1978-1987 Grand National / Regal T-Type History
The Grand National/Regal story is one of triumph and evolution for Buick. In the mid-1970s, Buick was falling behind the times in keeping up with the mid-size luxury offerings of Chevy and Pontiac with the Monte Carlo and Grand Prix respectively. A few years down the line, Buick released the Regal, which marked the beginning of one of the most well-known muscle-revival projects of the 1980s.
Initially, the Regal was well-trimmed and obviously luxury-oriented. Standard equipment included full woodgrain trim, bench seats with armrests, velour upholstery, and a Buick 350 V8. Additional engine options were also added to the lineup with options for either a Buick 455 V8 or a piddly 3.8L Buick V6 which was revived from the Skylark graveyard. While the naturally aspirated Buick V6 wasn’t the creme of the crop as far as power was concerned, it was a sign of much greater things to come in the future of the Regal.
During the tail end of the 1970s, something rather interesting happened with the Regal. While it continued to sell well as a luxury-forward coupe, also accompanied by station wagon and four-door variants, Buick started to approach the Regal with a different aim at the turn of the decade. A lot of this had to do with a new engine technology on the horizon; turbochargers. Buick sold the Regal with an optional 3.8L turbocharged V6 in 1978. That made it the only domestic turbocharged car for sale at the time. Due to its impressive performance, Buick redesigned the car around the engine to be competitive in the NASCAR racing circuit.
Buick’s performance revival started with the Turbo Regals, then moved to the Grand National, and finally the mighty GNX which would dominate the drag strips during the late 1980s.
1978 Buick Turbo Regal
The Regal wasn’t seen as a sporty car in the slightest prior to 1978. Even with the top-of-the-line 5.7 V8 powered 1977 Regal could only muster 140 horsepower. That all changed the following year. 1978 was the first year that the Buick Regal was available with a turbocharged engine; Buick’s 3.8 Liter (231 cubic inches) V6. The turbocharged V6 engine was the result of extensive research by an experimental engineering program searching for a way to blend performance with fuel efficiency. Buick saw the discontinued 3.8L V6 from the old Skylark as a good starting point.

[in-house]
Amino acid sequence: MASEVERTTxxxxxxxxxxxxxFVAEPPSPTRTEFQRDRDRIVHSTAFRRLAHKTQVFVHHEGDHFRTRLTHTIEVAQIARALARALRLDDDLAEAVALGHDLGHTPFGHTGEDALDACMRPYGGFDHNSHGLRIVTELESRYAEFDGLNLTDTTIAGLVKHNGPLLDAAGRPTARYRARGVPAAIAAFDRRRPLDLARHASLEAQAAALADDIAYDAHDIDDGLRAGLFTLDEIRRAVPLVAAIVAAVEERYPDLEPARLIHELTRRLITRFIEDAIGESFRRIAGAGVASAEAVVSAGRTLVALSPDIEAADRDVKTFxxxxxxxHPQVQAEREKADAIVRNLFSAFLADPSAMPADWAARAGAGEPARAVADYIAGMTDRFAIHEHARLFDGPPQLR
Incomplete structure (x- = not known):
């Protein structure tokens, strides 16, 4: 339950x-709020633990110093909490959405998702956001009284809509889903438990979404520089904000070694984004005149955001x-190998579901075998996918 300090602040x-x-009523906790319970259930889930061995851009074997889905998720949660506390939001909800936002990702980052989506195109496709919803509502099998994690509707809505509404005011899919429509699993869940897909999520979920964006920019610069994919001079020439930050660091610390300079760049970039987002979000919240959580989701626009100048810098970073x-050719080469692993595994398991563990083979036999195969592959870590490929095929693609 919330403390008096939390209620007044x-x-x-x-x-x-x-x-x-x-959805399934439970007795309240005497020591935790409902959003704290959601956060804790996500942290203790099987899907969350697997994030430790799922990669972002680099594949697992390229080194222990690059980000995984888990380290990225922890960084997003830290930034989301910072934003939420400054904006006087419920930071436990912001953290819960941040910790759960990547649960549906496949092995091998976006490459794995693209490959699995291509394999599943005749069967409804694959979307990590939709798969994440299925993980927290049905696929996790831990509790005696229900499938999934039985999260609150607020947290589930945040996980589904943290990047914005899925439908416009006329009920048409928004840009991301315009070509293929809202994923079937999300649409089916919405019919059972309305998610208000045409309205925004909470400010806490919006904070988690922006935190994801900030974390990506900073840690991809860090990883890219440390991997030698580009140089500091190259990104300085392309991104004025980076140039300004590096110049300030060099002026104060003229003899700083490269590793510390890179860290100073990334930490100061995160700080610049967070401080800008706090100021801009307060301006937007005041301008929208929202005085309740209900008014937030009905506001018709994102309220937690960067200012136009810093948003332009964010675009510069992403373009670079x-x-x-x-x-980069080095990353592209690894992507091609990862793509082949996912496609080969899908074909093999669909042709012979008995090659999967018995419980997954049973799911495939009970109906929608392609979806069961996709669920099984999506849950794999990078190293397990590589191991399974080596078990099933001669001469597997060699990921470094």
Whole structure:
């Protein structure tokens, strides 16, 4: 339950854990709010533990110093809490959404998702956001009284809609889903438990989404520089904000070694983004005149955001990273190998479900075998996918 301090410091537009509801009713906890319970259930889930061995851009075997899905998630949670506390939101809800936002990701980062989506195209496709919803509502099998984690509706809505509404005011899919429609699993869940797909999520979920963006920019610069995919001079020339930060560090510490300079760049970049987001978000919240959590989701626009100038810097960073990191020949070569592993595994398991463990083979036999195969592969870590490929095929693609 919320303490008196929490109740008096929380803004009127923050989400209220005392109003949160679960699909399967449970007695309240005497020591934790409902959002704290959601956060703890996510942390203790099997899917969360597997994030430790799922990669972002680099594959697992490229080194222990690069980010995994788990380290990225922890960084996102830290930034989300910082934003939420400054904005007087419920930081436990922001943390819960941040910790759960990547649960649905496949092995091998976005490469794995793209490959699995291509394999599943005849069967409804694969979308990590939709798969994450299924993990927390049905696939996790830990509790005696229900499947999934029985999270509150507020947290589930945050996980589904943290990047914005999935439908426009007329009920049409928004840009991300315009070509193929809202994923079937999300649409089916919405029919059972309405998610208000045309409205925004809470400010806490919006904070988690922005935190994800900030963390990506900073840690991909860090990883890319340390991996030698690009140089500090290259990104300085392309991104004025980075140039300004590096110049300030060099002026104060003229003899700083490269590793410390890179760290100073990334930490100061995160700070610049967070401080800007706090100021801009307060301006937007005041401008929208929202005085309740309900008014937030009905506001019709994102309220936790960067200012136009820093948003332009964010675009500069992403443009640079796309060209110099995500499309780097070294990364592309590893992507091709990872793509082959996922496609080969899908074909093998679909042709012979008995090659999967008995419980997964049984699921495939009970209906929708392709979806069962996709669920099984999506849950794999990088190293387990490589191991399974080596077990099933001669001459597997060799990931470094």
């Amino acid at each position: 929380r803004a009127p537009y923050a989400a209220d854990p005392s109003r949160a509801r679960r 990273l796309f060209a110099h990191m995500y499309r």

Sporting a characteristic hood bulge, the Turbo Regal was available with either a four-barrel carb version rated at 165 bhp or a two-barrel carb version rated at 150 bhp. All were Regal Sport Coupes. The 1979 Turbo Regal became more luxurious with the wheel arches receiving more emphasis. There were also minor tweaks to the turbo engine, resulting in 5 more horsepower. 1980 saw a huge sales decrease to just 6,276 units, which was puzzling because the model was basically carried over from the year before. The only change was a minor restyling with four rectangular headlights and a different grille design.
1978 Production Numbers: Turbo Regal: 30,508
1978 Engine Options: 3.8 liter V6 Turbo (2bbl) 150 bhp. 3.8 liter V6 Turbo (4bbl) 165 bhp.
1979 Production Numbers: Turbo Regal: 21,389
1979 Engine Options: 3.8 liter V6 Turbo (2bbl) 150 bhp. 3.8 liter V6 Turbo (4bbl) 170 bhp.
1980 Production Numbers: Turbo Regal: 6,276
1980 Engine Options: 3.8 liter V6 Turbo (2bbl) 150 bhp. 3.8 liter V6 Turbo (4bbl) 170 bhp.
1981 Production: N/A
1981 Engine Options: 3.8 liter V6 Turbo (2bbl) 150 bhp. 3.8 liter V6 Turbo (4bbl) 170 bhp.
1982 Buick Regal Grand National
Buick introduced a limited edition Regal in 1982 called the Regal Grand National. This marked the return of Buick performance and brought Buick the prestigious manufacturer’s trophy in the 1981 and 1982 NASCAR Winston Cup Series. Named after the Grand National NASCAR Winston Cup events it competed in, the Regal Grand National was only available with a two-tone paint scheme with a silver mist upper body and charcoal gray lower body. The paint scheme was accented with red pin stripping and large “Buick” decals on the rear quarters.